President Donald Trump says he is putting North Korea back on the small list of official “state sponsors of terrorism,” a move that could lead to additional sanctions against the nuclear-armed government.
Trump said the designation is part of a sanctions regime that would include “a very large” new sanction on Tuesday and increase in intensity over the next two weeks. By then, he said, sanctions would be at their highest level ever.
“It should have happened years ago,” Trump said at the start of a Cabinet meeting, calling North Korea “a murderous regime.”
Trump said that “in addition to threatening the world with nuclear devastation,” the North Korean government had sponsored terror on foreign soil.
“It must end its unlawful ballistic nuclear development,” he said.
U.S. officials cited the killing of North Korean leader Kim Jong Un’s estranged half brother in a Malaysian airport this year as an act of terrorism.
Most of the punishments that Washington could mete out under the state sponsor of terrorism legislation are already in place against North Korea, or are irrelevant since they would involve suspending aid programs that don’t exist.
North Korea joins only three other countries on the state-sponsor list: Iran, Sudan and Syria.
President George W. Bush removed North Korea from the list in 2008 in an unsuccessful bit to halt its nuclear weapons program, and President Barack Obama removed Cuba in 2015 when diplomatic relations were renewed.
Discussions to restore North Korea to the list began last year on Capitol Hill under the Obama administration.
President Donald Trump hands a pen to Veterans Affairs Secretary Robert Wilkie during a spending bill signing ceremony at VA Southern Nevada Healthcare System, Friday, Sept. 21, 2018, in Las Vegas. (Associated Press/Evan Vucci)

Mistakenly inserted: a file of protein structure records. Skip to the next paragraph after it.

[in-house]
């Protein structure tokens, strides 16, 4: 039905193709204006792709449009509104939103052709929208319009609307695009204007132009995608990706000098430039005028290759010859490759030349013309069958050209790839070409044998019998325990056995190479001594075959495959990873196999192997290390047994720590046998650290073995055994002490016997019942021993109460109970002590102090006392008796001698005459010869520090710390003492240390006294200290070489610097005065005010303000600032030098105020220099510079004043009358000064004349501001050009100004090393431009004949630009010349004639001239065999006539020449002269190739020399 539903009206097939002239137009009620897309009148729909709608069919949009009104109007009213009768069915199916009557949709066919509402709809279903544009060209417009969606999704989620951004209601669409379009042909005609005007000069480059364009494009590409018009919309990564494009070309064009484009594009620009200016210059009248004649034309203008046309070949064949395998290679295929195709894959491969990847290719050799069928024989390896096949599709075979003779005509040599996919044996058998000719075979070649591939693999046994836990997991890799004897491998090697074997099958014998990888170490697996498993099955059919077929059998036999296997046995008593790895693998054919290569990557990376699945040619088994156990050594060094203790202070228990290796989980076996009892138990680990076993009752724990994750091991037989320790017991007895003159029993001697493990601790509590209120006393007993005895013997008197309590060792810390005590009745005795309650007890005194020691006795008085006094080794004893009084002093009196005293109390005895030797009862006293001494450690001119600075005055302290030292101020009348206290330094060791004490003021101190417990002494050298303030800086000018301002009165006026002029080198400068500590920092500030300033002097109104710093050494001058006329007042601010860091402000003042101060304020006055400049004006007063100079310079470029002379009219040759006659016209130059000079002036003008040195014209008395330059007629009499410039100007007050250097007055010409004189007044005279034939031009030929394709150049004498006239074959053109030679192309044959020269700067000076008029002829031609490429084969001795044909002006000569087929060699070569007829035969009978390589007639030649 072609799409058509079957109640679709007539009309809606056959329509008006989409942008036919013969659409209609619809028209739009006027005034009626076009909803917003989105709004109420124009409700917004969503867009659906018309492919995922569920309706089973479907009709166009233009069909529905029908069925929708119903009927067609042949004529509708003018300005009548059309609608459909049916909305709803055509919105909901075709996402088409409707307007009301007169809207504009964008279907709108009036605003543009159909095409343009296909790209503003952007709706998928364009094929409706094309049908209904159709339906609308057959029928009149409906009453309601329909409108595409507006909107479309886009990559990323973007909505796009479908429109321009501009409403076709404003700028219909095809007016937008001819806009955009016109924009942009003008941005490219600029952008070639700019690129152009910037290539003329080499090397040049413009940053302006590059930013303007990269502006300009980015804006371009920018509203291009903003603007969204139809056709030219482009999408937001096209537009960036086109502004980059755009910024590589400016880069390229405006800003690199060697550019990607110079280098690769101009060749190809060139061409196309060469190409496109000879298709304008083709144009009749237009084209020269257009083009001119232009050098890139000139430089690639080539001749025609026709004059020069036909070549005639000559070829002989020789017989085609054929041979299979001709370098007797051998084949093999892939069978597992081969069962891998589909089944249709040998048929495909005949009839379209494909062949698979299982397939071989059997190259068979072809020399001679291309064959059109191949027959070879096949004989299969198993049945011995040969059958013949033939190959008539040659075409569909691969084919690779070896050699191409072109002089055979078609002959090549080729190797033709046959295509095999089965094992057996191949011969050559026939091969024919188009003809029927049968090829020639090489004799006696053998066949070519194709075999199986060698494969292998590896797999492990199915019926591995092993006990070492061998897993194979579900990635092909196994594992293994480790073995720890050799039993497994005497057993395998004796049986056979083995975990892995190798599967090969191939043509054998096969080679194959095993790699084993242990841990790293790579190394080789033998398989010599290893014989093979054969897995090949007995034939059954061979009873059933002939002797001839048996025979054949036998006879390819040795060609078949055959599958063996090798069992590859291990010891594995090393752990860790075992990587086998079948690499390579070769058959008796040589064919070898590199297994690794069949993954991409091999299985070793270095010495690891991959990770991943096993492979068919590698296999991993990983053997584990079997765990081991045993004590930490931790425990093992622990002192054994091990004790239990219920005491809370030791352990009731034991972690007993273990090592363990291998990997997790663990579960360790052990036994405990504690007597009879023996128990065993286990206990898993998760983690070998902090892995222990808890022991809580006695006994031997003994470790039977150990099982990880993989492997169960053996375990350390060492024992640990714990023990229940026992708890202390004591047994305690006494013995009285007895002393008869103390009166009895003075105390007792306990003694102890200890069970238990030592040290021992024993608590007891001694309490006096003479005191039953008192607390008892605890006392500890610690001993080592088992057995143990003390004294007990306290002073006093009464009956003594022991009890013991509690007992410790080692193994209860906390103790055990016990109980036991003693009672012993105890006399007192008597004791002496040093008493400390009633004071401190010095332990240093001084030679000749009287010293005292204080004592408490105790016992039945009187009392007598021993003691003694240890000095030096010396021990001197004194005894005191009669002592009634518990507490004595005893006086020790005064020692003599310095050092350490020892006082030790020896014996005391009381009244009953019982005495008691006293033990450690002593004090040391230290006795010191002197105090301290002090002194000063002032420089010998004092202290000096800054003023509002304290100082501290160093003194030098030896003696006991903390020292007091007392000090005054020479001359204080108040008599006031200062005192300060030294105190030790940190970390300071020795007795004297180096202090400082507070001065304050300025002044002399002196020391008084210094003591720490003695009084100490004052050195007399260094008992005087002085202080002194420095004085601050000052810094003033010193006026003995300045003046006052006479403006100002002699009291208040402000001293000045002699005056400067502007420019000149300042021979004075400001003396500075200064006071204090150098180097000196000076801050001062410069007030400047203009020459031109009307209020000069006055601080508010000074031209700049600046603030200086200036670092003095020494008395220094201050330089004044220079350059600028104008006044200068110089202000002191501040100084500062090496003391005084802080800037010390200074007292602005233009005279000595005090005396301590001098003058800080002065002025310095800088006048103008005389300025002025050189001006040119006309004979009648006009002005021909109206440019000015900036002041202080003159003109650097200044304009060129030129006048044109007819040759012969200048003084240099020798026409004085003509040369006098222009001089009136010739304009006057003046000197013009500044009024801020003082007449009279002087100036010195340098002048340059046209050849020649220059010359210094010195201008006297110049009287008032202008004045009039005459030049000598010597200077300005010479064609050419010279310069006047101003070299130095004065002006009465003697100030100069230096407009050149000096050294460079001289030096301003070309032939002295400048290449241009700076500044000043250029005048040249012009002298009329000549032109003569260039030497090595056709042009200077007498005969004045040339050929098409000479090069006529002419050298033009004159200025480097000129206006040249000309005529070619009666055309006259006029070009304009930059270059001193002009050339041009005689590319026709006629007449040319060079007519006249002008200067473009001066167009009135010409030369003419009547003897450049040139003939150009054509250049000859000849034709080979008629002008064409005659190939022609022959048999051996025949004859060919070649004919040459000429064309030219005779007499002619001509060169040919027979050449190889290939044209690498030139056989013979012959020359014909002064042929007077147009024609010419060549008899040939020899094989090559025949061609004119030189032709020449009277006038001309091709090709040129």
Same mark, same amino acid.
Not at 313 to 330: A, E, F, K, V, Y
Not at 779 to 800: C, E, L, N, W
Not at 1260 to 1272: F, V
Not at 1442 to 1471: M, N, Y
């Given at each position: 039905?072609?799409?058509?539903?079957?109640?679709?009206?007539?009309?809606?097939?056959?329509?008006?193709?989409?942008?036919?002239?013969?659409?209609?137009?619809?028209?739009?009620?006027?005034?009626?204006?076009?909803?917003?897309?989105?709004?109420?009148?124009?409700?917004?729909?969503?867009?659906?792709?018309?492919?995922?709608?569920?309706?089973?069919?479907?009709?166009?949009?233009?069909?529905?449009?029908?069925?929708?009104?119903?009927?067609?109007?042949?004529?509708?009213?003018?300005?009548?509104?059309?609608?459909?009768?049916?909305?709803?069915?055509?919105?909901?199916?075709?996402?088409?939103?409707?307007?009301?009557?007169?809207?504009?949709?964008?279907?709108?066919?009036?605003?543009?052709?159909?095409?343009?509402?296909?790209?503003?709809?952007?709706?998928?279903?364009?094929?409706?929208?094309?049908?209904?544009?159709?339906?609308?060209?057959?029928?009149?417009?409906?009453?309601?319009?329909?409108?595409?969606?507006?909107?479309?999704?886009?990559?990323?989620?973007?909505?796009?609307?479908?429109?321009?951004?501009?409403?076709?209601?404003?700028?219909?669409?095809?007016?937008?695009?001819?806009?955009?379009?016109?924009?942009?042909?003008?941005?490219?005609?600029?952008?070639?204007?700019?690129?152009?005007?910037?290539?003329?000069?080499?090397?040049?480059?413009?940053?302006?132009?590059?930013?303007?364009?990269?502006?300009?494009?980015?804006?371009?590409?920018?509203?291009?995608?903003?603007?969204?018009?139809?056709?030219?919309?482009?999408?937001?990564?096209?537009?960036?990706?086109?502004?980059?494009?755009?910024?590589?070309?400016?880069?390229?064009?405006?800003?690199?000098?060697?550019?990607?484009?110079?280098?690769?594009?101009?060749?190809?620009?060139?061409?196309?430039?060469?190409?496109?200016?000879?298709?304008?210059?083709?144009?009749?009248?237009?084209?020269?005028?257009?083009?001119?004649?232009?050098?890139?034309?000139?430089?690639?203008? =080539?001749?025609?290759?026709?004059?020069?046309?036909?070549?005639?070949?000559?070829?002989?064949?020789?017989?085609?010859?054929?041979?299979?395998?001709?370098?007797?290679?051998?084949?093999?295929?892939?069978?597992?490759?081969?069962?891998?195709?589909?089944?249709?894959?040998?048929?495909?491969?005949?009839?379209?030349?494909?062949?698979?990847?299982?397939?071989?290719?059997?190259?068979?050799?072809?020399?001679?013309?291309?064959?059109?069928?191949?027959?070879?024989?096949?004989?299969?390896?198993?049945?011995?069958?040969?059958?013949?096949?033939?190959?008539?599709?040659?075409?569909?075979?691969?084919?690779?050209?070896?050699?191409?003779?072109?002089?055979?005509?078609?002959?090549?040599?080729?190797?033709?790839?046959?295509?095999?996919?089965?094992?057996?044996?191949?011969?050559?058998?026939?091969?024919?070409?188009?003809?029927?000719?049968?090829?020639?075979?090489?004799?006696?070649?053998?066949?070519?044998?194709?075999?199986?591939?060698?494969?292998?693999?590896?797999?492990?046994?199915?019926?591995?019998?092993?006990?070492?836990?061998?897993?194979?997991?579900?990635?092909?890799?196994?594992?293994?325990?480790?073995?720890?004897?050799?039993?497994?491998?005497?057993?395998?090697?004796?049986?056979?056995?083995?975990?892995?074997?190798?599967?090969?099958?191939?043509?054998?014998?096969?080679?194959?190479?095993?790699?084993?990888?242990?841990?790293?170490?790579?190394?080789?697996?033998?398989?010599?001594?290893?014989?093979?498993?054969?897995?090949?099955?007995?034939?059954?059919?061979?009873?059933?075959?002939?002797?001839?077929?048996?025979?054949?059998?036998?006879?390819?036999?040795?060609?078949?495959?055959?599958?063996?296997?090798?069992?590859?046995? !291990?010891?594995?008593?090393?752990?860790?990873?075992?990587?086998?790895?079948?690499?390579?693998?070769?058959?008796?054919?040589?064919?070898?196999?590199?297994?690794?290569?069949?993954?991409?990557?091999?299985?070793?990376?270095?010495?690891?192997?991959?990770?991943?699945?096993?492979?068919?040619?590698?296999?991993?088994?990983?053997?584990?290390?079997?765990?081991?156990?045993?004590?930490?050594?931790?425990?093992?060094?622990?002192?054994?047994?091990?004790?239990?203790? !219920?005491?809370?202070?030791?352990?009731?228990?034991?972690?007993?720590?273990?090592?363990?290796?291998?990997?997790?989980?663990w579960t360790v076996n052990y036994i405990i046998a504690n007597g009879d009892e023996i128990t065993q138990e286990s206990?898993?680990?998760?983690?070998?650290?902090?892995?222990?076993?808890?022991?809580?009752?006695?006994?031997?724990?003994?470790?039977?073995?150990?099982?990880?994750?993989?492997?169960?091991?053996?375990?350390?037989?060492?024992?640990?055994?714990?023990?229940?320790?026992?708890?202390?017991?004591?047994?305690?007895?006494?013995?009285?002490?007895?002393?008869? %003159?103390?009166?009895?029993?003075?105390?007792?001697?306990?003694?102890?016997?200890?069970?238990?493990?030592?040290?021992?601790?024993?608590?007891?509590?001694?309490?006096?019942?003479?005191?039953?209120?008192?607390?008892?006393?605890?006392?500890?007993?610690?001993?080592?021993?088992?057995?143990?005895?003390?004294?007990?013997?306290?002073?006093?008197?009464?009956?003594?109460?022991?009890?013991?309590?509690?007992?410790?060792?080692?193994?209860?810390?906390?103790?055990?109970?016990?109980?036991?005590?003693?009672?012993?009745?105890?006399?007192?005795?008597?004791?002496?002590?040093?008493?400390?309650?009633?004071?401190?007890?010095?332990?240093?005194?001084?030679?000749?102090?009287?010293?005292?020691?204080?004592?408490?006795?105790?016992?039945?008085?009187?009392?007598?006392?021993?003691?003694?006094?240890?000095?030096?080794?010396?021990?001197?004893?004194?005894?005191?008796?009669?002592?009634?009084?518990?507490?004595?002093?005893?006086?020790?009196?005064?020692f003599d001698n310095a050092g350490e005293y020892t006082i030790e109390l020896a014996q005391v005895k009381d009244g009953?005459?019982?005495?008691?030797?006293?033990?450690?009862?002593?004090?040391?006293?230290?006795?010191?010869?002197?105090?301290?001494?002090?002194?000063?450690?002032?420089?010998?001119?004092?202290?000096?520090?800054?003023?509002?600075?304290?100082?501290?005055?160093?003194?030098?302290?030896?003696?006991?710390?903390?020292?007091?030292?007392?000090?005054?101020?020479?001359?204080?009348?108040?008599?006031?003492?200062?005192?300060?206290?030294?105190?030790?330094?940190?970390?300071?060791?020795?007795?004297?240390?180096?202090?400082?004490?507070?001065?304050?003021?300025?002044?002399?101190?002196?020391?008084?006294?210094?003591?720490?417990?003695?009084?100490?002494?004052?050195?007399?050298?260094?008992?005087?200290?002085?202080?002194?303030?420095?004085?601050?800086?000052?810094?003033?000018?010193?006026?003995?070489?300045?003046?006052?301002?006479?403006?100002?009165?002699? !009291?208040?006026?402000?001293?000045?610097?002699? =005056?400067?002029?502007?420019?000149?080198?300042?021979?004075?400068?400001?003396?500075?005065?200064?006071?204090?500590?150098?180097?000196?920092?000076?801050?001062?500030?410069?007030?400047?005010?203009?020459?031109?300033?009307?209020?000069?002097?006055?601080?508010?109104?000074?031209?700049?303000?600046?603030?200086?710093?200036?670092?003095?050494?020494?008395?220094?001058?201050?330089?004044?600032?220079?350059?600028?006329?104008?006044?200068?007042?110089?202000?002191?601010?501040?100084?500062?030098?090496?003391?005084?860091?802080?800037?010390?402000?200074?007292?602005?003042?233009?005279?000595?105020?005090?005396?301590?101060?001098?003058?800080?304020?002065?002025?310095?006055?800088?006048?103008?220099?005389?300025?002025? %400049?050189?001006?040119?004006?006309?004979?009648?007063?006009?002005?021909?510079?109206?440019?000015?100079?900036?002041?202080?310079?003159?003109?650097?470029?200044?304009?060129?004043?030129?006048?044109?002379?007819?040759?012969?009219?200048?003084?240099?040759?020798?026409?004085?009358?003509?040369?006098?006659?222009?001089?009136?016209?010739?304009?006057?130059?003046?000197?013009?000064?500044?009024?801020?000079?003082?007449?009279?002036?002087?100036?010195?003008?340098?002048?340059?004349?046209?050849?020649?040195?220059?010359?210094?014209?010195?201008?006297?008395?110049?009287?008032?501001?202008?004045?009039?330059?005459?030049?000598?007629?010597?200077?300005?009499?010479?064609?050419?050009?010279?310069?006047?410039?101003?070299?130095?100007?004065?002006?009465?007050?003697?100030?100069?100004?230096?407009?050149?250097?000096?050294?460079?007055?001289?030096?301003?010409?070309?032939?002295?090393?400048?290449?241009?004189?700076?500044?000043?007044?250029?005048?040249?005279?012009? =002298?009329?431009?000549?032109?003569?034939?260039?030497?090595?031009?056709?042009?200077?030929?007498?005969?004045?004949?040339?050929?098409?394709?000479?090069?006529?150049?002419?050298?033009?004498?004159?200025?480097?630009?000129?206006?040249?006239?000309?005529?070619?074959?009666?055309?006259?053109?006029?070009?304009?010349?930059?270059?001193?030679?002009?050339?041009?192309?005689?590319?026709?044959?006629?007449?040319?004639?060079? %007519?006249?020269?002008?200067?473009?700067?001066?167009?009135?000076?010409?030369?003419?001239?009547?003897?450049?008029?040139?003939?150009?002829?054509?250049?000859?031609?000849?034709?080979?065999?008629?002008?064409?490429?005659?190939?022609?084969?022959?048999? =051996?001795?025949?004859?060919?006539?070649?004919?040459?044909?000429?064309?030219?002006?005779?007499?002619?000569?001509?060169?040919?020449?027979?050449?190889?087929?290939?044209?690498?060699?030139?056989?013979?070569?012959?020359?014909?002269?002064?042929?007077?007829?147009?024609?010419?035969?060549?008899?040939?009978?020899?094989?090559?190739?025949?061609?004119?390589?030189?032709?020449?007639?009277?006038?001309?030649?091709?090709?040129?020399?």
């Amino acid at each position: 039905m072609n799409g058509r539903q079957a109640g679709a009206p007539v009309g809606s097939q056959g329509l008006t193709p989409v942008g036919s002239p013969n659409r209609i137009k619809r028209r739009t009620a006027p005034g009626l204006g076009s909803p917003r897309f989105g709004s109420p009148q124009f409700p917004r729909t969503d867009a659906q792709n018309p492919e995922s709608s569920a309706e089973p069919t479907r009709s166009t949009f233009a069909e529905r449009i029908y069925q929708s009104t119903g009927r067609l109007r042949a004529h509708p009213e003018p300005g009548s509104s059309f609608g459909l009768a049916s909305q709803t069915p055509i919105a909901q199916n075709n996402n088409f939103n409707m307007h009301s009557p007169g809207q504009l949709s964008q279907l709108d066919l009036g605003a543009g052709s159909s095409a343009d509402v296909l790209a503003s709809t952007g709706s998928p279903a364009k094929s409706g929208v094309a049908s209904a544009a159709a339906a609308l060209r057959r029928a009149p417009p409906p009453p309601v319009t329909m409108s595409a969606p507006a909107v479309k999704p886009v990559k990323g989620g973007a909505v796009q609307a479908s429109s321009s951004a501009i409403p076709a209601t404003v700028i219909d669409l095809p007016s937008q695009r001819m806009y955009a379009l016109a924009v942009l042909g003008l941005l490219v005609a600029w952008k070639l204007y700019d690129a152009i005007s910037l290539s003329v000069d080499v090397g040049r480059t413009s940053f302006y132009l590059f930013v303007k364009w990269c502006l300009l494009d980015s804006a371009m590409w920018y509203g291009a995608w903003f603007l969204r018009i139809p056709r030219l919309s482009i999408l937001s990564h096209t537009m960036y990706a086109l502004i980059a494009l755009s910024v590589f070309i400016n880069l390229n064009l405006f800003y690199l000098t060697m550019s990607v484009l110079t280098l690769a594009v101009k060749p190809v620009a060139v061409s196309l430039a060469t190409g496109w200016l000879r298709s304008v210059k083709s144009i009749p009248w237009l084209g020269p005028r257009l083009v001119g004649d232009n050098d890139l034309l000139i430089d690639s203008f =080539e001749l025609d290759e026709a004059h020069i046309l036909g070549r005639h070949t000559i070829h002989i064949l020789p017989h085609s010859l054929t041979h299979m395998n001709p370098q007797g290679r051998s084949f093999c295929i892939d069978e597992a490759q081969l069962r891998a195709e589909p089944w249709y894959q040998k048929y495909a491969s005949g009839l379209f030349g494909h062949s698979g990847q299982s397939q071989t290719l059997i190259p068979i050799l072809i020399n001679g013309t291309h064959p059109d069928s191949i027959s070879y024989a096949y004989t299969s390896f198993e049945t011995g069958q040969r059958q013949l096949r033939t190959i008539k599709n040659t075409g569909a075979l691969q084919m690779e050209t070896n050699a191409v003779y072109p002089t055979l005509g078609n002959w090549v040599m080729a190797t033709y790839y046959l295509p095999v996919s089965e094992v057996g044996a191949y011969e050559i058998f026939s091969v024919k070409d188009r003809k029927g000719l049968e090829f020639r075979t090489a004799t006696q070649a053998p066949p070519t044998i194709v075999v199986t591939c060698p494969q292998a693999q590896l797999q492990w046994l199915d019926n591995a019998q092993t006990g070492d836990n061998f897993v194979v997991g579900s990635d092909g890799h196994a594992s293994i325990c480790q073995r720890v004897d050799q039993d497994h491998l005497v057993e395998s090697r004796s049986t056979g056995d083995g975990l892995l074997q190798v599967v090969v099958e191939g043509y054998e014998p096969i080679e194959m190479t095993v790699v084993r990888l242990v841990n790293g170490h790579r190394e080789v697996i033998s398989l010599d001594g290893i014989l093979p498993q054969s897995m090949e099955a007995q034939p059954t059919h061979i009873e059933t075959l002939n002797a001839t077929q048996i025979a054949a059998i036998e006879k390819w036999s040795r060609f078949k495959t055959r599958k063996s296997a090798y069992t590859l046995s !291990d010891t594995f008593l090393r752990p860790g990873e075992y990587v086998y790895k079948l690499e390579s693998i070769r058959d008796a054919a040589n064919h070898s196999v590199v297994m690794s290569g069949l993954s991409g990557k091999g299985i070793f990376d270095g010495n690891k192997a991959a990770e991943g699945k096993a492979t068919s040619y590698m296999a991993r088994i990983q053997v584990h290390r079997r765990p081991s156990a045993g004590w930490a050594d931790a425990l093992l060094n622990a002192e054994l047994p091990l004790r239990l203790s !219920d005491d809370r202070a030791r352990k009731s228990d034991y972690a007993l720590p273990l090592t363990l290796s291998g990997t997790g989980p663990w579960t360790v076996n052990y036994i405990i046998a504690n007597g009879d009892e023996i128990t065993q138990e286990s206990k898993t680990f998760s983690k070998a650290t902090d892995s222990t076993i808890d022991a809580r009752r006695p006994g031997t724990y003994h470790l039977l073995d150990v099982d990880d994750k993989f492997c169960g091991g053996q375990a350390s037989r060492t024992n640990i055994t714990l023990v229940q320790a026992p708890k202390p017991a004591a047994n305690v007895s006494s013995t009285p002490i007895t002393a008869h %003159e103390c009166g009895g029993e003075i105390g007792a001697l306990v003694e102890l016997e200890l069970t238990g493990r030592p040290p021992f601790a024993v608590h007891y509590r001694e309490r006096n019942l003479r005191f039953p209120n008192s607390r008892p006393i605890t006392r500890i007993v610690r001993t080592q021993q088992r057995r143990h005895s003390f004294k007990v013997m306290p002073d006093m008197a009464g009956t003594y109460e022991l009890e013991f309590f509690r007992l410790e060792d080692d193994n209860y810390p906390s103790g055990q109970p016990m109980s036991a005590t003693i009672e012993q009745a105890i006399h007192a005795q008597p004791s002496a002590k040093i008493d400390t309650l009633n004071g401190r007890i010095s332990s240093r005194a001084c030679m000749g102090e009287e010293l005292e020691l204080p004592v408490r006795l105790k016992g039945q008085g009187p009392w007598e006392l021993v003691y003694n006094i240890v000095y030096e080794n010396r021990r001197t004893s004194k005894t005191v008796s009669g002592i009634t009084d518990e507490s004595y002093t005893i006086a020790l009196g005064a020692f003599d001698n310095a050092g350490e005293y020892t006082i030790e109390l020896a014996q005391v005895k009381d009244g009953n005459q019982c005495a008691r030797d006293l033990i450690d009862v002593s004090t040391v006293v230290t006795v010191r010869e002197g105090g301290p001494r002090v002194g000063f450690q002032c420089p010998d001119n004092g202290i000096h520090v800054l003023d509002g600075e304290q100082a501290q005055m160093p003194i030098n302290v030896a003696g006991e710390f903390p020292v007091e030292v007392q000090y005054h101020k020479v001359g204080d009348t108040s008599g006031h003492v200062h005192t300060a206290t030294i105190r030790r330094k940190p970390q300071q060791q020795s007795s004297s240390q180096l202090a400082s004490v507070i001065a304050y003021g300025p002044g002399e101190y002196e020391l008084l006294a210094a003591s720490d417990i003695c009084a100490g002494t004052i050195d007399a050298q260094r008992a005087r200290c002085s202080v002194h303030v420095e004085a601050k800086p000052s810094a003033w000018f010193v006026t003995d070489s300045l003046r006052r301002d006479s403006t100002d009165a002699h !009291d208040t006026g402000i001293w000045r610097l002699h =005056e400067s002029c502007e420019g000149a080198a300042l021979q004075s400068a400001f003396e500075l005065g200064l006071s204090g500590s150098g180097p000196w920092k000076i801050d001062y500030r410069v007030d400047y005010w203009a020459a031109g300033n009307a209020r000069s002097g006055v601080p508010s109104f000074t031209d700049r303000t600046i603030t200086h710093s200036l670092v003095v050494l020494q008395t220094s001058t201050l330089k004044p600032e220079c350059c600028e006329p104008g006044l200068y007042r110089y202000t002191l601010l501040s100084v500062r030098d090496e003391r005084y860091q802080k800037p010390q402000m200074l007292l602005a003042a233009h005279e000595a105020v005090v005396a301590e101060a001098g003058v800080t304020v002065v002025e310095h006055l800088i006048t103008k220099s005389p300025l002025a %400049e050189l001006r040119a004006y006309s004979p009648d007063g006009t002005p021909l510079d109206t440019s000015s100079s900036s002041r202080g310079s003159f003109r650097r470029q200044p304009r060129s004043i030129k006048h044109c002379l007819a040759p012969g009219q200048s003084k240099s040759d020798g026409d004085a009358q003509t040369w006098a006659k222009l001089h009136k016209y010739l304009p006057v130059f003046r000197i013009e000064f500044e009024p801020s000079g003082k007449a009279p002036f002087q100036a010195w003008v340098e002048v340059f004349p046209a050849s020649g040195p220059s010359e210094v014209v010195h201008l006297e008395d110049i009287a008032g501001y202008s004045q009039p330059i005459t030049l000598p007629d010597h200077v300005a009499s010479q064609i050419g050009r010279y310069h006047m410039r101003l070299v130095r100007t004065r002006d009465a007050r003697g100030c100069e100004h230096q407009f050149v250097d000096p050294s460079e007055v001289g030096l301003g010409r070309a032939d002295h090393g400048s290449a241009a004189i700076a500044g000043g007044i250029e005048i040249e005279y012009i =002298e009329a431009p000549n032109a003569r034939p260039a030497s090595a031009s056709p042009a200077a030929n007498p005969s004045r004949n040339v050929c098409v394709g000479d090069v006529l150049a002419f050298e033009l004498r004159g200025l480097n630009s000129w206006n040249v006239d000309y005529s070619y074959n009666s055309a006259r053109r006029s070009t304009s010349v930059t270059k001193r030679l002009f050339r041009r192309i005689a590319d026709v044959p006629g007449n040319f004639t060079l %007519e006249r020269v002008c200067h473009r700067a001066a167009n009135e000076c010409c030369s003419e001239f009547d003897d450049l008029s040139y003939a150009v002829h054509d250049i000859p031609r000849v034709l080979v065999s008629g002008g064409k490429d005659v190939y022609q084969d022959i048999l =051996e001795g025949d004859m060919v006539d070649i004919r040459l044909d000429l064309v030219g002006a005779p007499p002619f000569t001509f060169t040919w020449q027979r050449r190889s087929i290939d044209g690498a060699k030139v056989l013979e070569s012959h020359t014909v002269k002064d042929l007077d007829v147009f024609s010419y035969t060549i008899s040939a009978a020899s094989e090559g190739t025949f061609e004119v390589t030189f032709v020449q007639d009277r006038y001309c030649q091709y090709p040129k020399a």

The Trump administration wants to shift billions of dollars from government-run veterans' hospitals to private health care providers. That's true even though earlier this year the administration vehemently denied it would privatize any part of the Department of Veterans Affairs.
The privatization of essential government services is nothing new, of course. Over the years, countries have privatized dozens of services and activities that were once the sole domain of governments, such as the provision of electricity and water, road operations and prisons and even health care, with the ostensible aim of making them more efficient.
But before going down that road, the question needs to be asked whether privatizing essential human services such as those for military veterans serves the public interest. New research we recently published suggests that privatization may come at a social cost.
The Coast Guard is officially shit outta luck for a paycheck thanks to the government shutdown, which means that zero coasties have been paid to create some of the amazing memes being shared as a way to vent their frustration.